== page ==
Is US the next Greece? Watch out for a dollar debacle
If one looks at the structure of US debts, the picture looks worse than Greece. Sooner or later there will be hell to pay. The question is who will pay?
By Shanmuganathan Nagasundaram
In what could only be described as a move "from the frying pan to the fire", one of the consequences of the European crisis has been the increased demand for the Greenback. We have witnessed the dollar index strengthening to 82-plus, with a corresponding decline in commodities like gold and oil.
Most currencies also declined in this period-the Aussie and Canadian dollars declined from 1.1-plus levels to parity or less and we have had similar percentage declines with other currencies as well. To that extent, the decline in the exchange rates of the INR (Indian rupee) vis--vis the USD was not entirely based on fundamentals and we should witness a return to sub-50 levels over the course of this year.
Not that I have great faith in the Indian economic team and their ability to understand the nature of reforms that are required to move us forward, let alone implement them. Just that the US policies are much worse-both on the fiscal as well as the monetary front - and in a relative sense, we are indeed better off.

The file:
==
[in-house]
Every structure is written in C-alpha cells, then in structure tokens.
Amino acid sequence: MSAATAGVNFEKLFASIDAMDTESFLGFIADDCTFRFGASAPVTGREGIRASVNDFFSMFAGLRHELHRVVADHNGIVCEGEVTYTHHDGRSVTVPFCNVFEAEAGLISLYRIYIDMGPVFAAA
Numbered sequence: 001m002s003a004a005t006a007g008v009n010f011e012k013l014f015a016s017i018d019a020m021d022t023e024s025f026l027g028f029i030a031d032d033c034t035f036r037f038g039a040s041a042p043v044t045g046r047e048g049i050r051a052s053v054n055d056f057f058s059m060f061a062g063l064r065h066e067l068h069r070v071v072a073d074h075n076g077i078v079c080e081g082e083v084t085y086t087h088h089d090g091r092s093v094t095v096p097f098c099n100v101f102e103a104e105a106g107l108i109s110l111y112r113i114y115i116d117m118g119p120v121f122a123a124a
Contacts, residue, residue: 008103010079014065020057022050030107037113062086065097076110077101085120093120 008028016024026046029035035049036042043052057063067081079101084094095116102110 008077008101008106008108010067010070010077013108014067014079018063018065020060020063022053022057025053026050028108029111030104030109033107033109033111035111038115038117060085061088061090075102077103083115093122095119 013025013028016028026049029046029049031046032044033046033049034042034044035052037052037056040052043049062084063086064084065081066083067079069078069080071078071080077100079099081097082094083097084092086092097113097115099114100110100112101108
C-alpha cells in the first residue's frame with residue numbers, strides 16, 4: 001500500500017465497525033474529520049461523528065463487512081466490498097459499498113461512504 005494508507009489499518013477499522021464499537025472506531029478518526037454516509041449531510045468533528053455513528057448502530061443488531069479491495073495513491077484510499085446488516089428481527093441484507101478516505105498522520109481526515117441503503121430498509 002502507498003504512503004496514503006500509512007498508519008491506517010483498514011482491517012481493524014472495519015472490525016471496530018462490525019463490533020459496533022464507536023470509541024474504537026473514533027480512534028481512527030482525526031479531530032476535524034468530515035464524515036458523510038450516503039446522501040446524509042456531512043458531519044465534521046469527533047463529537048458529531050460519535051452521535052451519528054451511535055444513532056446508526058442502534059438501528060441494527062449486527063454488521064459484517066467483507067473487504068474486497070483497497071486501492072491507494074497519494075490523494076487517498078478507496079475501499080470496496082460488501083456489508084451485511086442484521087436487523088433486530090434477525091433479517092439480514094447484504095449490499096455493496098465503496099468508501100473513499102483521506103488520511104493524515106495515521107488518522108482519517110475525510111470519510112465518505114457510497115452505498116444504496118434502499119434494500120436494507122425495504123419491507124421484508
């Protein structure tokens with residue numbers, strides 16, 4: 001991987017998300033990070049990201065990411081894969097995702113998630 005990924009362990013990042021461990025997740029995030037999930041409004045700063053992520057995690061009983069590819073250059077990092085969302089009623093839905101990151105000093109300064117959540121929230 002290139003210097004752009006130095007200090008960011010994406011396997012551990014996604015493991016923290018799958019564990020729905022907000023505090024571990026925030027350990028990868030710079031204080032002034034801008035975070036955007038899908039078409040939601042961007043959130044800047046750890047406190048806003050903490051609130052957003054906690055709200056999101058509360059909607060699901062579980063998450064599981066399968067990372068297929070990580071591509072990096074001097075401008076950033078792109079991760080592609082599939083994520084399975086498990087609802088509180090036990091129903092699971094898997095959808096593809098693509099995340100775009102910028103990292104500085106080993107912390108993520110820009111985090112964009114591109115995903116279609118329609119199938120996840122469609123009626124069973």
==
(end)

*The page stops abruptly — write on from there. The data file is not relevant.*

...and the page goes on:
That said, lest the readers or the policymakers conclude that the current account deficit (CAD) would improve because of the strengthening rupee, I would have to point out that commodities (in particular gold and oil) would strengthen far more in percentage terms than the rupee.
On a fundamental basis, the US economy is probably in a much worse situation than even Greece, let alone the eurozone. Readers must remember that the US government uses cash-accounting to report its fiscal deficit at $1.3 trillion. Using GAAP accounting, which is a far more indicative and reliable measure than cash-based accounting, the deficit is well in excess of $5 trillion (Source: shadowstats.com) and growing.